Nixon is probably the most underrated movie of the 1990s, and it’s such a glorious treat to see the film presented with such glowing force as it is on this new Blu-ray release. Oliver Stone’s JFK might be the better film, but this is the presidential biopic of his that really digs deep and mines truly unique dramatic territory. And while Stone’s two commentaries here are a bit much (two 4-hour commentaries?), the documentary and Charlie Rose interview on this set’s second disc are really worth checking out.
And folks, we have a real contender for Blu-ray release of the year: The Godfather: The Coppola Restoration is the real deal. The films look astoundingly good here, and in addition to Paramount including each and every bonus from their debut DVD edition, they’ve put even more documentaries and featurettes into the mix. There will always be controversy as to whether the films look like they did when they were first released (Coppola has overseen at least a handful of restorations over the last couple decades), but this writer states firmly that this is one of those must-own Blu-ray editions. It’s good enough to merit you going out and buying a player to watch it on: Yeah, that good.
Gossip Girl: The Complete First Season (Warner)
Ghost Whisperer: The Third Season (Paramount)
Medium: The Fourth Season (Paramount)
Private Practice: The Complete First Season (Buena Vista)
Brothers & Sisters: The Complete Second Season (Buena Vista)
Your buddy Mike simply isn’t in the prime demographic for Gossip Girl. This saga about the smuggest, richest, most elite under-20s in Manhattan is like The Hills only without the documentary crew. Kristen Bell is capable of more than her blogging jackass character here, and everything else seems so paper-thin that it was hard for me to make it through a single episode, let alone a full season. Shows don’t have to be meaningful to be good, but they have to have something. And there ain’t a thing going on with Gossip Girl.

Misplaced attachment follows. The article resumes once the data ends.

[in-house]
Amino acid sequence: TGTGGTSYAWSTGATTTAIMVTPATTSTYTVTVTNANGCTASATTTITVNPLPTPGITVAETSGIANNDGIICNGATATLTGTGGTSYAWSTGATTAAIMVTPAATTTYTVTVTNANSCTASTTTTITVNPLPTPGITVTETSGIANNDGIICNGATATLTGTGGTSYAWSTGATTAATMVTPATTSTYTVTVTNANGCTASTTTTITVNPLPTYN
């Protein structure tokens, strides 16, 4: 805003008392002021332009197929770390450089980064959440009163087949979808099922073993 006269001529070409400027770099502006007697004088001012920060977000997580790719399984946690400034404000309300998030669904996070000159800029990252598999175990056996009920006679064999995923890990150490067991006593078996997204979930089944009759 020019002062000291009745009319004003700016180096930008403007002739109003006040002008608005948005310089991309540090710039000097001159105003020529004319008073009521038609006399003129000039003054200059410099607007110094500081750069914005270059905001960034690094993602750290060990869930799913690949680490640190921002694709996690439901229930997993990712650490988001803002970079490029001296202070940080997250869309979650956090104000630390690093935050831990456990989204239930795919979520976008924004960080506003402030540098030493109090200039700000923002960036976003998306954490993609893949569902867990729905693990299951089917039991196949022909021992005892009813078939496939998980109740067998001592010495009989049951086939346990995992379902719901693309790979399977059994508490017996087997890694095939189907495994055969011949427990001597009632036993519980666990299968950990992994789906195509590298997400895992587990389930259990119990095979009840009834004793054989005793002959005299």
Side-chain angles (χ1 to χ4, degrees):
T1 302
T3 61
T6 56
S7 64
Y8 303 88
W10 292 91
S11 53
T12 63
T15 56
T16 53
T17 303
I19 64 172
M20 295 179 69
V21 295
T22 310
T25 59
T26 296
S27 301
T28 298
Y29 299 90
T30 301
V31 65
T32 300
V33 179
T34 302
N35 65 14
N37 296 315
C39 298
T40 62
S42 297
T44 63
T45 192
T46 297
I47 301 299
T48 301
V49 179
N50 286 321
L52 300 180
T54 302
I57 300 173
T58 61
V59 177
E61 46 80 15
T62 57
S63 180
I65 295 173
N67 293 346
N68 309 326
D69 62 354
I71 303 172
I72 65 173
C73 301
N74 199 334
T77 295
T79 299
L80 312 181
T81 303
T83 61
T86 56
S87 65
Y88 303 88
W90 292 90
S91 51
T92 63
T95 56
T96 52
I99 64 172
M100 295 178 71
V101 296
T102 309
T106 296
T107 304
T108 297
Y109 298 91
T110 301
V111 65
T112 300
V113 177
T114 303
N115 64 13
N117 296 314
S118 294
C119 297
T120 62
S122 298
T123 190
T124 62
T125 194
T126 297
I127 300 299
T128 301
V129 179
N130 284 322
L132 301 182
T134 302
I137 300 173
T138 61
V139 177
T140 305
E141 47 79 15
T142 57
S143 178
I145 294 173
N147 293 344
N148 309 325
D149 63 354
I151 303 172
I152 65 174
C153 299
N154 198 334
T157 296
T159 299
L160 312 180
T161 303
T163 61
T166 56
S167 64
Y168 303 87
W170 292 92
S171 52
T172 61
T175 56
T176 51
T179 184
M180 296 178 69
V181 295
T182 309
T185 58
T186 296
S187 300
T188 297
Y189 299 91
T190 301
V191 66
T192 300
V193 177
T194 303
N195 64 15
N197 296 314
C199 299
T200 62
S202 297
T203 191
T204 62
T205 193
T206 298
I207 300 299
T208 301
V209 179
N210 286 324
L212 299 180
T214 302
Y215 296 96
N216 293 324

Give me Jennifer Love Hewitt any day. Sure, Ghost Whisperer is not exactly a good show, but it offers the Can’t Hardly Wait star a chance to make very, very serious faces and look fantastic in tight tops. Who can resist? She’s definitely more fun than fellow ether-world investigator Patricia Arquette in Medium. Arquette is a glorious actress (her multi-faceted role in Lost Highway is one of the more under-appreciated I’ve ever come across), but I find Medium – especially these newer episodes – to be hyper-violent and relatively pointless.
Then there are two of Buena Vista’s new shows, Private Practice and Brothers & Sisters. PP is little more than Grey’s Anatomy in a different town, and while Kate Walsh has a wonderful glow to her (she has the kind of presence that can really fill a room), the show is one-note – it reeks of being an incidental, unnecessary spin-off. That isn’t the case with Brothers & Sisters, though. The show definitely has high and low points, but this Sally Field drama is the kind of addictive television that can steal your life away (I did about a disc a night of this second season – I couldn’t get enough).
It’s Always Sunny in Philadelphia: The Complete Third Season (Fox)
Will & Grace: The Eighth Season (Lionsgate)
Samantha Who?: The Complete First Season (Buena Vista)
It’s Always Sunny in Philadelphia is, indeed, the funniest show on television right now, and while this third season doesn’t have the astonishing consistency of its two earlier incarnations, I found myself literally howling at least two or three times an episode. This is way more than I can say for Will & Grace’s final season, though. I am a die-hard fan of the series, but this eighth go-round for Will, Grace, Karen and Jack is dead on arrival. The two episodes that were recorded live have hints of the magic the show used to have, but the vast majority of this 4-DVD set is filler, material that proves just how poor the show got in its final go-rounds.